Auctions Pocket Watches Recovered From Steamship ‘Pulaski’ Auctioning At Skinner
On the night of June 14, 1838, the steamship Pulaski was sailing north from Charleston, South Carolina, to Baltimore, Maryland, when its starboard heater detonated, executing several passengers instantly and destroying the central portion of the ship, which sunk soon after and guaranteed approximately 128 lives. Just 59 survived.
At the time, the Pulaski disaster was perhaps the greatest sea faring catastrophe in American history, and its casualties incorporated a previous United States Congressman from New York, William B. Rochester. A contemporary newspaper account tells of the nerve racking minutes following the explosion. Lifeboats were brought down to the water, two of which immediately took on water, with one sinking after a “fruitless attempt to bail her.” Memories blurred with time, and the disaster area, its victims, and all that was lost stayed covered up off the Carolina coast.
Lot 1049 is a 18-karat gold S.I. Tobias pocket watch with its hands stopped any 11:05, the approximate time that the Pulaski’s kettle exploded.
That was until 2017, when Swordfish Partners recorded an admiralty guarantee on an “obscure deserted and sunken steamship off the coast of North Carolina” accepted to be the Pulaski. Blue Water Ventures was locked in to oversee and conduct excavation and recovery operations, and in mid 2018, a team of Blue Water divers arose with conclusive confirmation that the sunken ship resting on the sea floor 40 miles off the Carolina coast was in fact the Pulaski. Since then, various items have been recovered, including four pocket watches recently consigned to the Massachusetts-based auction house, Skinner .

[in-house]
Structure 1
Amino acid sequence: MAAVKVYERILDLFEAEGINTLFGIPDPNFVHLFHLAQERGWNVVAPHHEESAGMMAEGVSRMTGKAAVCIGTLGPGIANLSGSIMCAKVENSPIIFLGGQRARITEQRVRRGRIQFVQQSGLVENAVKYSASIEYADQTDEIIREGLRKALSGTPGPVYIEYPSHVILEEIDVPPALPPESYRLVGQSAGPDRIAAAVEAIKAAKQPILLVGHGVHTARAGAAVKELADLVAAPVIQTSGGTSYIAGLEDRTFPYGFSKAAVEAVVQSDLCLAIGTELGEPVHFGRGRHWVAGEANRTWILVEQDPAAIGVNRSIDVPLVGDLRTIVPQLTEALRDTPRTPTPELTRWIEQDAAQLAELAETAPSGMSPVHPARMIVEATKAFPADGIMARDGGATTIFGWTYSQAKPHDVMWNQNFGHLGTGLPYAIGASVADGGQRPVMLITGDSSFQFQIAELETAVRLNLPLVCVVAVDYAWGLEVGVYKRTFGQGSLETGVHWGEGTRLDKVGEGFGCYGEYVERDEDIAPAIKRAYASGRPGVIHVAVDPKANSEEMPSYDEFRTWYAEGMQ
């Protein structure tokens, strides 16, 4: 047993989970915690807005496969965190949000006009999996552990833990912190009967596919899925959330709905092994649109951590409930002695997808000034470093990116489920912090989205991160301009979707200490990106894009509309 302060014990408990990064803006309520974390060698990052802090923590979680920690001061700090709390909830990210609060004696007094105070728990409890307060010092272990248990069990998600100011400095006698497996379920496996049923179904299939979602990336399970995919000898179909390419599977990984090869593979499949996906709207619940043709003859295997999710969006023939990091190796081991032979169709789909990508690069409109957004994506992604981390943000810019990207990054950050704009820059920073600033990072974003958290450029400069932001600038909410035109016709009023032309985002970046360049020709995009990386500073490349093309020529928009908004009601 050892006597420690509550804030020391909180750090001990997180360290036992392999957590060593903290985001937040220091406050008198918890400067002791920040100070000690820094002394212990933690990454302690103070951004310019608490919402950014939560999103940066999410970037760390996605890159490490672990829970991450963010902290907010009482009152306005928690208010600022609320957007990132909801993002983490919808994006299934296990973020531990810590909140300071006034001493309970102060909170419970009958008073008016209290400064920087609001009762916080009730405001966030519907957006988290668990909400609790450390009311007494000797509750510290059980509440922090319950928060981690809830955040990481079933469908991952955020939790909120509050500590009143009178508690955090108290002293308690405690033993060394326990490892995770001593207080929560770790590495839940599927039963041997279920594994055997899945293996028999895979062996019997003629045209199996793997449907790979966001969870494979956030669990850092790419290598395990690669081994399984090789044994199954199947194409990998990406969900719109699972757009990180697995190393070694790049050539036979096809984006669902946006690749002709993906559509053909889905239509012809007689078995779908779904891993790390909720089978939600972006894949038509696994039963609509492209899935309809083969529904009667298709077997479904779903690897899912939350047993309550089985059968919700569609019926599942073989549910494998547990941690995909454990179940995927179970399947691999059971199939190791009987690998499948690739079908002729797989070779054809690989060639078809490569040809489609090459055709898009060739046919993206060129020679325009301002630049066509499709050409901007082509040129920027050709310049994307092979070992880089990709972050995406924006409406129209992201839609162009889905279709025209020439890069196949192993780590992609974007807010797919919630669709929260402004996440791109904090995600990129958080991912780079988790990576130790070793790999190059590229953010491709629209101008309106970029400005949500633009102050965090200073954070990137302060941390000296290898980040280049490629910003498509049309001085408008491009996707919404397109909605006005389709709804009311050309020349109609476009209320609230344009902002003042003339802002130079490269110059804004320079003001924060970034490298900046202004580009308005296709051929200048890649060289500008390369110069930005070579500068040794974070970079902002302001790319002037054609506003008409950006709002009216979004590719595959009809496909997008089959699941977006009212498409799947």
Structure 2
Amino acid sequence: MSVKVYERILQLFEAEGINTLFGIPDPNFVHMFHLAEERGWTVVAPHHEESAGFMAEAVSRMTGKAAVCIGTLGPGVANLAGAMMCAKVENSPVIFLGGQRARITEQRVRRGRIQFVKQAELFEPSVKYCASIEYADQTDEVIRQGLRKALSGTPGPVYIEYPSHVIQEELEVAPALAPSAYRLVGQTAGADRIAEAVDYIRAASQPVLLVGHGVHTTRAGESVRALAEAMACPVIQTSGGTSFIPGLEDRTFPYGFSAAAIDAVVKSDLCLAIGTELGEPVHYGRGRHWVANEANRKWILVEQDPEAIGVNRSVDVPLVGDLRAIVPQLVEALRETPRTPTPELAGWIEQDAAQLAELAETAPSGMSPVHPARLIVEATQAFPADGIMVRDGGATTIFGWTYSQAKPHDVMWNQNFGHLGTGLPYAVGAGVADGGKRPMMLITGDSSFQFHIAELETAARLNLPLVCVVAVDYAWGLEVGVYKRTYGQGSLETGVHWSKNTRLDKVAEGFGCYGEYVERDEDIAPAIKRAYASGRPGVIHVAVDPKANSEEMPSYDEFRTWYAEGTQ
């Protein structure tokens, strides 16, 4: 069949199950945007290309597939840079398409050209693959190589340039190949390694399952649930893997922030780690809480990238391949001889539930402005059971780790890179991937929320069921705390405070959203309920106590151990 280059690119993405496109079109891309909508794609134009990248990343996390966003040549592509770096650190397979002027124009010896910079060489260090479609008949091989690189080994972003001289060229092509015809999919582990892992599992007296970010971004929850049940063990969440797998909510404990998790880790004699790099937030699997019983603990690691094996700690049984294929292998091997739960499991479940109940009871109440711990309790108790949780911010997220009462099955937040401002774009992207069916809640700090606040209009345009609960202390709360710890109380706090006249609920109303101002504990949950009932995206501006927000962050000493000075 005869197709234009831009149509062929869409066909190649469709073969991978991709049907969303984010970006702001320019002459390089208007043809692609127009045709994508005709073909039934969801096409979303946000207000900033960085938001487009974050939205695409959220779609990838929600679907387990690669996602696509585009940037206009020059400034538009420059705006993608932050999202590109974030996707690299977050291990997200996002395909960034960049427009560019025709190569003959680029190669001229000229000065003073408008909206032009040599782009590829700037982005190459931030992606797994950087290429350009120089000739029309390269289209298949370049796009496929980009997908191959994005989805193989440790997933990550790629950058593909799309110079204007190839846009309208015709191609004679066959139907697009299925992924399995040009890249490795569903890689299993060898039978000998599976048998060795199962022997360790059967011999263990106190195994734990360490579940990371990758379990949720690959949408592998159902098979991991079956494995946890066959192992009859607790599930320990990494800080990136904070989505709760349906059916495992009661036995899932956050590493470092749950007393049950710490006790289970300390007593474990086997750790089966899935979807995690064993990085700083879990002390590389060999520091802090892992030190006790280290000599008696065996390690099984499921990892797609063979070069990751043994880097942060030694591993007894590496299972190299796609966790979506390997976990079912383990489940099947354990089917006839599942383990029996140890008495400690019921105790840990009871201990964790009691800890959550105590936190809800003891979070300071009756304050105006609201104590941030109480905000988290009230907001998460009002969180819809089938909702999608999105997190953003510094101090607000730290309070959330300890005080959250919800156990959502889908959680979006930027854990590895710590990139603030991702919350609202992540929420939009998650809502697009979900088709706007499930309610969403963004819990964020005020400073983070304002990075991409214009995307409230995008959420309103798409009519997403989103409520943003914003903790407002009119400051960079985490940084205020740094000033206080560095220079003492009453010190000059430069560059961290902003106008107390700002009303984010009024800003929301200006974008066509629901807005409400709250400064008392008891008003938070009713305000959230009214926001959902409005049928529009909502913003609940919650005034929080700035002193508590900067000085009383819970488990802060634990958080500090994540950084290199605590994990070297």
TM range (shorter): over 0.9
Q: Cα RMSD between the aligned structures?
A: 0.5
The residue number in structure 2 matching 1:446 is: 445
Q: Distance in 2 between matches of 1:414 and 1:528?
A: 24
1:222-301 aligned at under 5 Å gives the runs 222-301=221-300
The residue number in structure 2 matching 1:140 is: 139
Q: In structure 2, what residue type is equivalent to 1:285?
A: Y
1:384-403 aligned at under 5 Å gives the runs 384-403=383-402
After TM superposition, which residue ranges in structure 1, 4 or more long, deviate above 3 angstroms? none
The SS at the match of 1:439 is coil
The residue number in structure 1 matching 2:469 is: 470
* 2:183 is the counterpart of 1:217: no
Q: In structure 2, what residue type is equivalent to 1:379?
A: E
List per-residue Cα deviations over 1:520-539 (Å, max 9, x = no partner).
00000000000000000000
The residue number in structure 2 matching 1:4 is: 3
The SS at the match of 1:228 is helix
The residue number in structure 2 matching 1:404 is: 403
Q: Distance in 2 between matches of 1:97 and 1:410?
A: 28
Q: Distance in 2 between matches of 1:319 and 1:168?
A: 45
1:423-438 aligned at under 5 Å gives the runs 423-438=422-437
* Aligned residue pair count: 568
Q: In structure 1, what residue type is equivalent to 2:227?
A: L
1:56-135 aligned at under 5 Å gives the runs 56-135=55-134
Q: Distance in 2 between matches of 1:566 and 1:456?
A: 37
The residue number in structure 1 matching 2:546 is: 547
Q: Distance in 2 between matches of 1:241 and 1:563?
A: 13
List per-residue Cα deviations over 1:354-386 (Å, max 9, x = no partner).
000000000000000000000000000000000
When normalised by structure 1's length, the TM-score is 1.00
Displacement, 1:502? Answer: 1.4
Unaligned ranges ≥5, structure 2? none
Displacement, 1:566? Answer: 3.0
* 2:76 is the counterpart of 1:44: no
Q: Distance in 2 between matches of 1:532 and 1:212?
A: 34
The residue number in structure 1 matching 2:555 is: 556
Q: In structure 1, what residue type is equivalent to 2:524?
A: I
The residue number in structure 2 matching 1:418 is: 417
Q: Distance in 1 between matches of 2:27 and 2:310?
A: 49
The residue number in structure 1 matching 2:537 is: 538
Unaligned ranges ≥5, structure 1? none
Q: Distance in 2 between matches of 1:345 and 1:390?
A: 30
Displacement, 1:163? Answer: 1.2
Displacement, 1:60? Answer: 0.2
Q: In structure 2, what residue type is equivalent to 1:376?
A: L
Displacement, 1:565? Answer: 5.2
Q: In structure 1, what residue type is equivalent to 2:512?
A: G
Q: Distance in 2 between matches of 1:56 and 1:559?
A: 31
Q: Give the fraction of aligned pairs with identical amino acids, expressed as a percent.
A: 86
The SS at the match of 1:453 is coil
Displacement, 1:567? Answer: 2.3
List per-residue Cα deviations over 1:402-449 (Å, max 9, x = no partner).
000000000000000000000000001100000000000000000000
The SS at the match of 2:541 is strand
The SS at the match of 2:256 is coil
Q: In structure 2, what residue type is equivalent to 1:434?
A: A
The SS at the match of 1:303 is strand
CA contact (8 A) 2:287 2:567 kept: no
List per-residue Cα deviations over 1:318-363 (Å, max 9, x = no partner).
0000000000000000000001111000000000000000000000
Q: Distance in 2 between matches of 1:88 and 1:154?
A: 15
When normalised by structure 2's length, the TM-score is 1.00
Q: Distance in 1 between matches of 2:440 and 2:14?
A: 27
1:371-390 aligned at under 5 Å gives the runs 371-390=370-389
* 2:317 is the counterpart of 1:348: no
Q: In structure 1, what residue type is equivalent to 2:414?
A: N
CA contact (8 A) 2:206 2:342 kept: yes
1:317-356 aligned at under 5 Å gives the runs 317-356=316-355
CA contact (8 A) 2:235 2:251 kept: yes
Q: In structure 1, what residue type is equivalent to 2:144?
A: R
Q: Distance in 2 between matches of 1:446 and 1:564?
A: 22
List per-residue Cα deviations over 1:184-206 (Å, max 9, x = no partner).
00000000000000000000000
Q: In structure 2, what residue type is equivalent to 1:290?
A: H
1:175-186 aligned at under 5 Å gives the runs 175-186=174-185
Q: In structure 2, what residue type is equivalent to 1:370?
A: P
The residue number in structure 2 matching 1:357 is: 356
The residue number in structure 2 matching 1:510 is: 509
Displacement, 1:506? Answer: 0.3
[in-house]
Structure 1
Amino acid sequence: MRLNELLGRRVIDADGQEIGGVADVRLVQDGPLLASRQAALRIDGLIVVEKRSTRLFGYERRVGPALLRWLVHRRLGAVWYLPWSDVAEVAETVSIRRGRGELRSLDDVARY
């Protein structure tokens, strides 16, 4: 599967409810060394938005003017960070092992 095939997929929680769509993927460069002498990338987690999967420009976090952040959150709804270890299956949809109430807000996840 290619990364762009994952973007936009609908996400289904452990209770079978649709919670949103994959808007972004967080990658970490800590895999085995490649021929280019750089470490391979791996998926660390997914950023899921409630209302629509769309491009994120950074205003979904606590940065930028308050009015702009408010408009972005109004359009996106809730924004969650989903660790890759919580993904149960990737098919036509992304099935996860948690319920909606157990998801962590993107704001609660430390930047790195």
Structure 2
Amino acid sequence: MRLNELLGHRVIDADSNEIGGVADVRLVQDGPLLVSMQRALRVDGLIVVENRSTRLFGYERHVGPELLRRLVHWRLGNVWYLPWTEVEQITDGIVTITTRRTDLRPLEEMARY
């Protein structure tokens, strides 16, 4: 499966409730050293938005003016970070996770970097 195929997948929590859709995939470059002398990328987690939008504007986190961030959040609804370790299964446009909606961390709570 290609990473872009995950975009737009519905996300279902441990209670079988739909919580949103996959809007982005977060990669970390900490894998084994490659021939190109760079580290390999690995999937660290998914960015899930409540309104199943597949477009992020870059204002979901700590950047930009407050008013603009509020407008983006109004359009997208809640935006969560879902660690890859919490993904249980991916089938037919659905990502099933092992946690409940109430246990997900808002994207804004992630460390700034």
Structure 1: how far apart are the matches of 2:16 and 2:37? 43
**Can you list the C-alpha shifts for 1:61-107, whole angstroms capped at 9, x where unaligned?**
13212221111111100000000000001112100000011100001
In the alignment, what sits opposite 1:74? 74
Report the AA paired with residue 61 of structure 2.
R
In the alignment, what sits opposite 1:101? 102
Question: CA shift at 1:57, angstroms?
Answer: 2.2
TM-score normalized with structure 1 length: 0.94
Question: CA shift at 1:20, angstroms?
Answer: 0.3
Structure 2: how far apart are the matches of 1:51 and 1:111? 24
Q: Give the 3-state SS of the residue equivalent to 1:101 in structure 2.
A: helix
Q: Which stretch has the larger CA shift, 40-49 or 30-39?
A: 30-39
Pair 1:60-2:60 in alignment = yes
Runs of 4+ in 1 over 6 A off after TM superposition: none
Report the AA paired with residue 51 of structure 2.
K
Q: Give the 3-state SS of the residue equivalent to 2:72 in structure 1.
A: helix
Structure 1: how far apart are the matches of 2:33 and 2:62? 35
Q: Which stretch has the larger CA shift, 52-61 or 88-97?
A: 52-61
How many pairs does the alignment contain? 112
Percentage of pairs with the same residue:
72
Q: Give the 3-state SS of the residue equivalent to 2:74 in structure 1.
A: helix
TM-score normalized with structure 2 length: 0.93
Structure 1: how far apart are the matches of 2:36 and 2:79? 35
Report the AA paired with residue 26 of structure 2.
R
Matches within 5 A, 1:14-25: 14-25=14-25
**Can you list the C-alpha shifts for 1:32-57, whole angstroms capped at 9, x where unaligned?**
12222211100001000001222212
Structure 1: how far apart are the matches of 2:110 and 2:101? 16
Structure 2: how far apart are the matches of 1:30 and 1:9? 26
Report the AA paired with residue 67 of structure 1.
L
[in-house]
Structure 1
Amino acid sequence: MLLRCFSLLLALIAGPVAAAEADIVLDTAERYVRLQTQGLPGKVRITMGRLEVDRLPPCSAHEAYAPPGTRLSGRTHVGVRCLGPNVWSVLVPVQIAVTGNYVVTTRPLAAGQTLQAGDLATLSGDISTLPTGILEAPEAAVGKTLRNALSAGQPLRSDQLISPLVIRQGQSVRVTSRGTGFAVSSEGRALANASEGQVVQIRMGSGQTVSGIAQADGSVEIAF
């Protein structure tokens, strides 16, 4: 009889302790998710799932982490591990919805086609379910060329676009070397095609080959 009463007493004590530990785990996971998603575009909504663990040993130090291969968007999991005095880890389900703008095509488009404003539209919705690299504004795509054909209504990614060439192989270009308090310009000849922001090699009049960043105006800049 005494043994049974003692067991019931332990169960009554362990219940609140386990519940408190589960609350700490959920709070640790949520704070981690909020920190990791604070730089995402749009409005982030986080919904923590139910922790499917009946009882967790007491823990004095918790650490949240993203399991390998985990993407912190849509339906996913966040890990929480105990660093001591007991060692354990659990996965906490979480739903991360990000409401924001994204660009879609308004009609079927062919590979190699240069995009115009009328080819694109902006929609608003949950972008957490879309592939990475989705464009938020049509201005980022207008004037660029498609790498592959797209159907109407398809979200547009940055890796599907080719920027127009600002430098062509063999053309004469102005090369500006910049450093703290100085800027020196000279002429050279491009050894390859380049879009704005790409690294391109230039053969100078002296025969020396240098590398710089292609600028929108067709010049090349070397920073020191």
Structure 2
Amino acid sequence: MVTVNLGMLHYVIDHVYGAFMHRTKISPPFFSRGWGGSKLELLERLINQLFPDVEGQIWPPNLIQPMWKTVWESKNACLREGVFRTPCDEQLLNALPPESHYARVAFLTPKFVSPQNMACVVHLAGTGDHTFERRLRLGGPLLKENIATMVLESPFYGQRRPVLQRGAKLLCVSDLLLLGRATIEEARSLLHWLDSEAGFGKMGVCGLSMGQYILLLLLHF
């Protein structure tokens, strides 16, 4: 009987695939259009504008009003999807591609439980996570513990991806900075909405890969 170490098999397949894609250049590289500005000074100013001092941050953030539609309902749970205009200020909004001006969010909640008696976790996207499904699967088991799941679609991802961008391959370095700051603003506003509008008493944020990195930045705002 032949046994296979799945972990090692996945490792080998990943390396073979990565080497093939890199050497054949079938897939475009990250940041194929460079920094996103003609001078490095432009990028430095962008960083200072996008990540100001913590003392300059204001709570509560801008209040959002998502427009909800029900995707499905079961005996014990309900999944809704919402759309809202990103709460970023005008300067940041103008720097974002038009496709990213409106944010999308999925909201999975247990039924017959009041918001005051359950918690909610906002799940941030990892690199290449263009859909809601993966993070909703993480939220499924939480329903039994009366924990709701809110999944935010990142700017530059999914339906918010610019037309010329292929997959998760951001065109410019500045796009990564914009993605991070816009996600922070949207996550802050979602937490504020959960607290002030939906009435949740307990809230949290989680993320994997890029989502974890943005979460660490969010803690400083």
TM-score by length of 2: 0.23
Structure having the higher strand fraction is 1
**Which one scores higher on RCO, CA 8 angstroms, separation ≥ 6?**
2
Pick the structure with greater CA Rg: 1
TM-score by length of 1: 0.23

Among these is a 18-karat gold open-face pocket watch from the shop of the Liverpool, England, watchmaker S.I. Tobias & Co. The watch’s hands have stopped at 11:05, the approximate time of the kettle explosion that sank the ship. Though it’s obscure which passenger may have loaded up the Pulaski with this watch, the Tobias group of British watchmakers were notable in the 19th century, and their reputation was such that their watches were known to have been faked on occasion.
Lot 1049, 18-karat gold S.I. Tobias Pocket Watch
The other three Pulaski-related timepieces in the sale are also British. They incorporate another 18-karat gold pocket watch signed Arnold Adams and Co. ; a 18-karat gold pocket watch with its interior case back holding on for hallmarks of Thomas Helsby & Co. ; and a 18-karat open-face watch with a movement stamped H&J Daniels/No 6014/Liverpool . All tell the sad story of a 19th-century American tragedy.
One might ask why a steamer shipping all around obeyed Americans from the South to the Mid-Atlantic locale would have turned up so numerous watches of English cause, and not American timepieces. This is likely because the huge scale watch manufacturing for which America would eventually become quite famous, with companies such as Waltham driving the way, didn’t actually take off until the 1850s. Americans who wanted an accurate pocket watch at the time of the Pulaski disaster often looked to Europe, and specifically England, for their watches.
The Clocks, Watches, And Scientific Instruments auction is set to run online through April 14 at 7 PM.